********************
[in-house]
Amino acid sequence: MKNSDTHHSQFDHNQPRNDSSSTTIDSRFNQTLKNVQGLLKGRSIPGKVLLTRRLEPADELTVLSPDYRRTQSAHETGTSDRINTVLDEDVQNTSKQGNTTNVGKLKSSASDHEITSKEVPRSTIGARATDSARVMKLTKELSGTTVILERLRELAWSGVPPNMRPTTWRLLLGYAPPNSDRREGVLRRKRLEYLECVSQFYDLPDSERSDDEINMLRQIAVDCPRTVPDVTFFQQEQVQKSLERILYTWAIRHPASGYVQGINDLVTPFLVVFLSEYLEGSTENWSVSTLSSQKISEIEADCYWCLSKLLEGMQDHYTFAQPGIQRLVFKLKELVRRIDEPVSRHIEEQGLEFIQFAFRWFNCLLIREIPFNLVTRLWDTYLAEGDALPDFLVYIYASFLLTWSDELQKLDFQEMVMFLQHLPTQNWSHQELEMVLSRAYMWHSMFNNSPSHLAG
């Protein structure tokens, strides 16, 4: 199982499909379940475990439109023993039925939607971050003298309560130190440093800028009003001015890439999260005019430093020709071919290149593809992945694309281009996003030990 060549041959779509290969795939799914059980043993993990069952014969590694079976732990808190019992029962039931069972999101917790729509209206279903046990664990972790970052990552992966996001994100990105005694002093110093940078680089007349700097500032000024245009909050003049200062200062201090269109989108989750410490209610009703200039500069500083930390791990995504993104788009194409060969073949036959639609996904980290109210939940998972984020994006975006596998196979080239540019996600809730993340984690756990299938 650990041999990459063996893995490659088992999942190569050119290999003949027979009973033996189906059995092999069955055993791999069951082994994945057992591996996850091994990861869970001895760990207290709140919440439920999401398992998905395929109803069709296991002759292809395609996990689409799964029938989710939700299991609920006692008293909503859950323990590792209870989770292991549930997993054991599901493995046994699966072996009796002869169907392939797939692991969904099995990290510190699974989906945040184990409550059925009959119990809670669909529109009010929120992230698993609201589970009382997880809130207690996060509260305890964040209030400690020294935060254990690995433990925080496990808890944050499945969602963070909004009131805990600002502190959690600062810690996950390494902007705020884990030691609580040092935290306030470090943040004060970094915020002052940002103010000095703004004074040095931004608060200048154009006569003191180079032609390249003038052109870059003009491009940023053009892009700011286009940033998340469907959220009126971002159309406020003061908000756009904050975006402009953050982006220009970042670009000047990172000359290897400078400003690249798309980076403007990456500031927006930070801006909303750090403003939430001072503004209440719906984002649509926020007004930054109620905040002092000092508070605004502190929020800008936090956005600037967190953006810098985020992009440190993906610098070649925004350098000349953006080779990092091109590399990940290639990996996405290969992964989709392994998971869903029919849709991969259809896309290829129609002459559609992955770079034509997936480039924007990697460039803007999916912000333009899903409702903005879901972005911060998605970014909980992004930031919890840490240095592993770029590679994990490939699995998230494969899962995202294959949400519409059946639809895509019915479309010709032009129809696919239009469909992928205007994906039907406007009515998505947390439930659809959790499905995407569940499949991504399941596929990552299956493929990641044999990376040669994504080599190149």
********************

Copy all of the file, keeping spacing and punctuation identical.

[in-house]
Amino acid sequence: MKNSDTHHSQFDHNQPRNDSSSTTIDSRFNQTLKNVQGLLKGRSIPGKVLLTRRLEPADELTVLSPDYRRTQSAHETGTSDRINTVLDEDVQNTSKQGNTTNVGKLKSSASDHEITSKEVPRSTIGARATDSARVMKLTKELSGTTVILERLRELAWSGVPPNMRPTTWRLLLGYAPPNSDRREGVLRRKRLEYLECVSQFYDLPDSERSDDEINMLRQIAVDCPRTVPDVTFFQQEQVQKSLERILYTWAIRHPASGYVQGINDLVTPFLVVFLSEYLEGSTENWSVSTLSSQKISEIEADCYWCLSKLLEGMQDHYTFAQPGIQRLVFKLKELVRRIDEPVSRHIEEQGLEFIQFAFRWFNCLLIREIPFNLVTRLWDTYLAEGDALPDFLVYIYASFLLTWSDELQKLDFQEMVMFLQHLPTQNWSHQELEMVLSRAYMWHSMFNNSPSHLAG
């Protein structure tokens, strides 16, 4: 199982499909379940475990439109023993039925939607971050003298309560130190440093800028009003001015890439999260005019430093020709071919290149593809992945694309281009996003030990 060549041959779509290969795939799914059980043993993990069952014969590694079976732990808190019992029962039931069972999101917790729509209206279903046990664990972790970052990552992966996001994100990105005694002093110093940078680089007349700097500032000024245009909050003049200062200062201090269109989108989750410490209610009703200039500069500083930390791990995504993104788009194409060969073949036959639609996904980290109210939940998972984020994006975006596998196979080239540019996600809730993340984690756990299938 650990041999990459063996893995490659088992999942190569050119290999003949027979009973033996189906059995092999069955055993791999069951082994994945057992591996996850091994990861869970001895760990207290709140919440439920999401398992998905395929109803069709296991002759292809395609996990689409799964029938989710939700299991609920006692008293909503859950323990590792209870989770292991549930997993054991599901493995046994699966072996009796002869169907392939797939692991969904099995990290510190699974989906945040184990409550059925009959119990809670669909529109009010929120992230698993609201589970009382997880809130207690996060509260305890964040209030400690020294935060254990690995433990925080496990808890944050499945969602963070909004009131805990600002502190959690600062810690996950390494902007705020884990030691609580040092935290306030470090943040004060970094915020002052940002103010000095703004004074040095931004608060200048154009006569003191180079032609390249003038052109870059003009491009940023053009892009700011286009940033998340469907959220009126971002159309406020003061908000756009904050975006402009953050982006220009970042670009000047990172000359290897400078400003690249798309980076403007990456500031927006930070801006909303750090403003939430001072503004209440719906984002649509926020007004930054109620905040002092000092508070605004502190929020800008936090956005600037967190953006810098985020992009440190993906610098070649925004350098000349953006080779990092091109590399990940290639990996996405290969992964989709392994998971869903029919849709991969259809896309290829129609002459559609992955770079034509997936480039924007990697460039803007999916912000333009899903409702903005879901972005911060998605970014909980992004930031919890840490240095592993770029590679994990490939699995998230494969899962995202294959949400519409059946639809895509019915479309010709032009129809696919239009469909992928205007994906039907406007009515998505947390439930659809959790499905995407569940499949991504399941596929990552299956493929990641044999990376040669994504080599190149």